A new study suggests that counting the hairs lost after 60 seconds of combing or brushing is a reliable method for assessing hair loss.
"Currently, there is no widely accepted or standard method for assessing the number of hairs shed daily," write researcher Carina A. Wasko, MD, of Baylor College of Medicine in Houston and colleagues in the Archives of Dermatology.
Researchers say the commonly held belief that it's normal to shed up to 100 hairs a day is based on the assumption that the average scalp contains 100,000 hairs. Although this idea is widely held, researchers say it has not been proven scientifically to be an accurate measure of normal vs. problem hair loss in men or women.
It also does not account for whether shedding remains constant with age or if normal hair loss rates are comparable among men and women.
60-Second Hair Count Test
In the study, researchers examined hair loss in 60 healthy men with no signs of male pattern baldness. Half were between the ages of 20 and 40 and the other half between ages 41 and 60.
Each of the men was given identical combs and instructed to wash their hair with the same brand of shampoo for three consecutive mornings. On the fourth, fifth, and sixth mornings, they were asked to comb hair forward over a towel or pillowcase of contrasting color for 60 seconds before shampooing and count the hairs shed.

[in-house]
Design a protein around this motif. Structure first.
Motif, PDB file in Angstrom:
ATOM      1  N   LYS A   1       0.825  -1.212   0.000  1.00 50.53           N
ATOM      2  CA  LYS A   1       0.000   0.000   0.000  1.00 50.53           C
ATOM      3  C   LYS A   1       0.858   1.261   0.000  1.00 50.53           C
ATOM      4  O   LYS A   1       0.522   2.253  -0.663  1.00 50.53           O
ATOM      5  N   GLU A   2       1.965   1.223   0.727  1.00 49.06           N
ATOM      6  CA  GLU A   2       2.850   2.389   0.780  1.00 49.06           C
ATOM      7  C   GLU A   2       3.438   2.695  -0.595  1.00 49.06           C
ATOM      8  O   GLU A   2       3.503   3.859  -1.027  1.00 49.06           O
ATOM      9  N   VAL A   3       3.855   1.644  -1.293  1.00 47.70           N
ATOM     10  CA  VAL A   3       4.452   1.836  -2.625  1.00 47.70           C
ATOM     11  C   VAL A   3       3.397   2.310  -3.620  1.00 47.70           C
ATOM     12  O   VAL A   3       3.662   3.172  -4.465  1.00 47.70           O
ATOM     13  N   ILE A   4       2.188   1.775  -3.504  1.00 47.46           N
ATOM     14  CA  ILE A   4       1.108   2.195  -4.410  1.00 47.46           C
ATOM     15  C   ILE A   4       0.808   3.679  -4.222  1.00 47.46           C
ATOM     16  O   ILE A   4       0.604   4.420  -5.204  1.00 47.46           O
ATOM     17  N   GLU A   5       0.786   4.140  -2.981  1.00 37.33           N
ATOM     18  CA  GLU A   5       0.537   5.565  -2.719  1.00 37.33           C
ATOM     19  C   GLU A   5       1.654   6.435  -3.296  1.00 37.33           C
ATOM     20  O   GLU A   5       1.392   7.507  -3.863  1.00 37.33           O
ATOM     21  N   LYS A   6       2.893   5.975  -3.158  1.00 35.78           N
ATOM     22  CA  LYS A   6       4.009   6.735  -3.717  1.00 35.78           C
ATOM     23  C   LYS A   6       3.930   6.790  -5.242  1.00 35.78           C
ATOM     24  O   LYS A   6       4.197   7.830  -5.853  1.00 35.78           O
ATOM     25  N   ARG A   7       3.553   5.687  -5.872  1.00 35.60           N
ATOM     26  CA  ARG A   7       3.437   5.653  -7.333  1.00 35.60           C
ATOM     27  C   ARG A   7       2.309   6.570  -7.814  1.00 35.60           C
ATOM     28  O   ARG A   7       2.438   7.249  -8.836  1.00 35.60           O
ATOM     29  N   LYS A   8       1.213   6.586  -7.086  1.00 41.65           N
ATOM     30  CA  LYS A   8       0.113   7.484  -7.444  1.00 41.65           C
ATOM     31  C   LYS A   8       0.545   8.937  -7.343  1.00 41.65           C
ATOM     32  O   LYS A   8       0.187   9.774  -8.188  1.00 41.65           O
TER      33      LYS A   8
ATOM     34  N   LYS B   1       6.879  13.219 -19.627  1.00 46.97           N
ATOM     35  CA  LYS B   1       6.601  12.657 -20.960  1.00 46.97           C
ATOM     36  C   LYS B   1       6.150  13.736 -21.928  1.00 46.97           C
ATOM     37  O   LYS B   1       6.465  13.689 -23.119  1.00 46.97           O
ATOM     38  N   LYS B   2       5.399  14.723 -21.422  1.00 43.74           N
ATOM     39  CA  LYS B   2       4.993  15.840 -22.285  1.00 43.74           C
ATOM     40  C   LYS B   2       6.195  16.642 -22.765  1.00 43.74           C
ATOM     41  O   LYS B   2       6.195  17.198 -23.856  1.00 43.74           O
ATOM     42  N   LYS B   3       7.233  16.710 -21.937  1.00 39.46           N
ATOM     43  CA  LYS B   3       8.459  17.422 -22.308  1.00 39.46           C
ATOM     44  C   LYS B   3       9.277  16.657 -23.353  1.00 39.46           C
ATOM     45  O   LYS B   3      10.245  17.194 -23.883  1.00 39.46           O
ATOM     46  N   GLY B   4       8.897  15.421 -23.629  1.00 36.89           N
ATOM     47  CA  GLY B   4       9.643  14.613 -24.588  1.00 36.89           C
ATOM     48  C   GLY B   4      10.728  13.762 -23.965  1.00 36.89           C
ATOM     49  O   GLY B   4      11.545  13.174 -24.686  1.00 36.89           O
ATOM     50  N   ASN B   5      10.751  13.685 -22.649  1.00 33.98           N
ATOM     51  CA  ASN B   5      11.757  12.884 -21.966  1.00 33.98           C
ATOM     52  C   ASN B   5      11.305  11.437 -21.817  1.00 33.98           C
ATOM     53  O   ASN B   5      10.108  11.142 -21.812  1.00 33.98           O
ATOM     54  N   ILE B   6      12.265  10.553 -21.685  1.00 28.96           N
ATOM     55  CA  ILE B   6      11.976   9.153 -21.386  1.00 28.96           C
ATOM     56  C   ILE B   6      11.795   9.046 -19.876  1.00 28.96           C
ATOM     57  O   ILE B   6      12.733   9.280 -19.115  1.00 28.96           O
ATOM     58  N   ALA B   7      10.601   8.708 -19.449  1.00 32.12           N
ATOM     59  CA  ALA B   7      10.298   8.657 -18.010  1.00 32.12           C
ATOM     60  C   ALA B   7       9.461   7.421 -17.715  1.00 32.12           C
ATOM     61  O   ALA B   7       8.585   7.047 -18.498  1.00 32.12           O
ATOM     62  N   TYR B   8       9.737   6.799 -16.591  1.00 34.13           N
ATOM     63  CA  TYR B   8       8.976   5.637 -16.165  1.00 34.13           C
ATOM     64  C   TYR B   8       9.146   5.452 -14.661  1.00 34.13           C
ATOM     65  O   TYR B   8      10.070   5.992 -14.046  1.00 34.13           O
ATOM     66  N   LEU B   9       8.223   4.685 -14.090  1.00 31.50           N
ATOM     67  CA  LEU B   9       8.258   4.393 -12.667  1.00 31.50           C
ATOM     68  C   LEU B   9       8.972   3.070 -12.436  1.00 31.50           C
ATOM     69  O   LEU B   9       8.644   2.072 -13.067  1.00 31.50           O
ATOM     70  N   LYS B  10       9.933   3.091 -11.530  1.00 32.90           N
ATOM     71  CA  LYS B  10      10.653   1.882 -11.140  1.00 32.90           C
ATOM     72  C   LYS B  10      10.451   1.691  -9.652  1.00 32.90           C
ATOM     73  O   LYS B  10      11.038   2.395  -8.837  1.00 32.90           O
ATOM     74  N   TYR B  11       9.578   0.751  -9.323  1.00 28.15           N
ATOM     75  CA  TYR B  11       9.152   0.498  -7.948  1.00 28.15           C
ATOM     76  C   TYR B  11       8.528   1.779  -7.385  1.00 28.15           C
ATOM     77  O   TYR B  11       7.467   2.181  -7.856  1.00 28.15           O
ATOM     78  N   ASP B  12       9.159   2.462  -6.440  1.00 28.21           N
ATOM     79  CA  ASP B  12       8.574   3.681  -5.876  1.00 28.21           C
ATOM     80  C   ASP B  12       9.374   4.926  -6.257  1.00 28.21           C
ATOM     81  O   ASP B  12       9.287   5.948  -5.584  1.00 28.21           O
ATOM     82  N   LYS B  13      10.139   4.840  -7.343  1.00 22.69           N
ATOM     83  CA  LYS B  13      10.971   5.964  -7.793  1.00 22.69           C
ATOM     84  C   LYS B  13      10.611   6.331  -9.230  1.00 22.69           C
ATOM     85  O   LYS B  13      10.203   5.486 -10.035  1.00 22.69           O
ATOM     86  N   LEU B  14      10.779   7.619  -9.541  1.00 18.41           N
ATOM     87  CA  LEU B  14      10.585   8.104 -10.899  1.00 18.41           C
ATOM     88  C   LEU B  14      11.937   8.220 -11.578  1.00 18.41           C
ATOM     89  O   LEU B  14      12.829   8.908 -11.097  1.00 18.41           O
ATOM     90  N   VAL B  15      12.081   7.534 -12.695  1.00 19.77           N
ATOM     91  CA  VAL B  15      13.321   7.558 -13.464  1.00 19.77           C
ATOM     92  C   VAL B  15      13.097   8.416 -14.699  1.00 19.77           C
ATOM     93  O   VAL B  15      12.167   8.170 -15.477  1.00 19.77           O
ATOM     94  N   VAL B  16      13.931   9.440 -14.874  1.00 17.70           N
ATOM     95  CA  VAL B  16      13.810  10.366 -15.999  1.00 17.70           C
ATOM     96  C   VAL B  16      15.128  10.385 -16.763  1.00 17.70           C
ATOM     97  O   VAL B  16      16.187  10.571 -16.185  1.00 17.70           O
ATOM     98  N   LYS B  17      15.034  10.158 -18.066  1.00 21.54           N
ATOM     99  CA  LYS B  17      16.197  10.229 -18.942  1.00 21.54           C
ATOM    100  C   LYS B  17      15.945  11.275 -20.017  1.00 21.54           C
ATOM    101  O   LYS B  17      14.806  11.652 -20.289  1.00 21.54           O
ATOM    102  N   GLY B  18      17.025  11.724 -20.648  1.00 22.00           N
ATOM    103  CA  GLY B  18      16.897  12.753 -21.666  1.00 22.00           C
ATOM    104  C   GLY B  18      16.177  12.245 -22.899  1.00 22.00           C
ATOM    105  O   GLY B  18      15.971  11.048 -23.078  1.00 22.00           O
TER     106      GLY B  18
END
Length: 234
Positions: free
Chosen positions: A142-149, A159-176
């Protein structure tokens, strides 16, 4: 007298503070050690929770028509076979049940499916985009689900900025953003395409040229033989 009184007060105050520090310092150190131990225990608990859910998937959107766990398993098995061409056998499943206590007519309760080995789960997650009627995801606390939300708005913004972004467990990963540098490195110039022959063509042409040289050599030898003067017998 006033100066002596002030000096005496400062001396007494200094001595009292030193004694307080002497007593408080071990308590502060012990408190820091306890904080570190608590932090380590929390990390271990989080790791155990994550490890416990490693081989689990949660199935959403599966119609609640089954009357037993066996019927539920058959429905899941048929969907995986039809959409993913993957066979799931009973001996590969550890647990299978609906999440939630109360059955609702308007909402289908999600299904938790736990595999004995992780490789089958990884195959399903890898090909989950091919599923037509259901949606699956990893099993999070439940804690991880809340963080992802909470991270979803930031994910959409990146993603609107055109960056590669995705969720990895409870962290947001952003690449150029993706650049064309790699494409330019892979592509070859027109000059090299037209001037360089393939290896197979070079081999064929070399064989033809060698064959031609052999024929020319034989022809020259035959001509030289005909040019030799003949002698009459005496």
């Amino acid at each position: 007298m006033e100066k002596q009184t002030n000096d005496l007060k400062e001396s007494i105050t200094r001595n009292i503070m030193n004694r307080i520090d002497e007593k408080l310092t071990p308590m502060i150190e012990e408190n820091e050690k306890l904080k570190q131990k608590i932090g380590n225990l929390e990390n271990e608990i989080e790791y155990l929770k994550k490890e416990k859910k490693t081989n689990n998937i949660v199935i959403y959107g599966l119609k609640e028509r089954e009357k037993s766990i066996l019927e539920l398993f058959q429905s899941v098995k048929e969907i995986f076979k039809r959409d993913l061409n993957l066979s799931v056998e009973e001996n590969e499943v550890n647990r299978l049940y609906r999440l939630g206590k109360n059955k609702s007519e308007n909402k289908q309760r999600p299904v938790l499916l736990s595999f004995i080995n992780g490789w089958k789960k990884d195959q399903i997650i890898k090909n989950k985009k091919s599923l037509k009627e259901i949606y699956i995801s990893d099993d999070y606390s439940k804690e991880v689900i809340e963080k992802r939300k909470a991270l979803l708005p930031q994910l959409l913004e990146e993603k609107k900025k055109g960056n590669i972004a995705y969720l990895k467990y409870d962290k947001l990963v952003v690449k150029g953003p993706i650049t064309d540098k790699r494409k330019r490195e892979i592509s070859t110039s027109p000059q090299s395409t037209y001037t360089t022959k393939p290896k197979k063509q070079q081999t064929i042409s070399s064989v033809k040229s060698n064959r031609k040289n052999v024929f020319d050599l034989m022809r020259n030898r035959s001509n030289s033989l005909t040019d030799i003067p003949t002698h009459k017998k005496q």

The results showed younger men shed an average of 10.2 per 60-second test and the older men shed an average of 10.3 hairs per test.
"When repeated six months later in both age groups, the hair counts did not change much. The hair counts were repeated and verified by a trained investigator, with results similar to those of subject hair counts," write the researchers.
Researchers say that low variability between tests over time and across age groups suggests that the 60-second hair count is a simple and practical tool for assessing normal vs. problem hair loss in men.
They say the next steps are to verify the test in women and in people with male pattern baldness and other forms of problem hair loss to determine hair count measures.
By Jennifer Warner
Reviewed by Louise Chang
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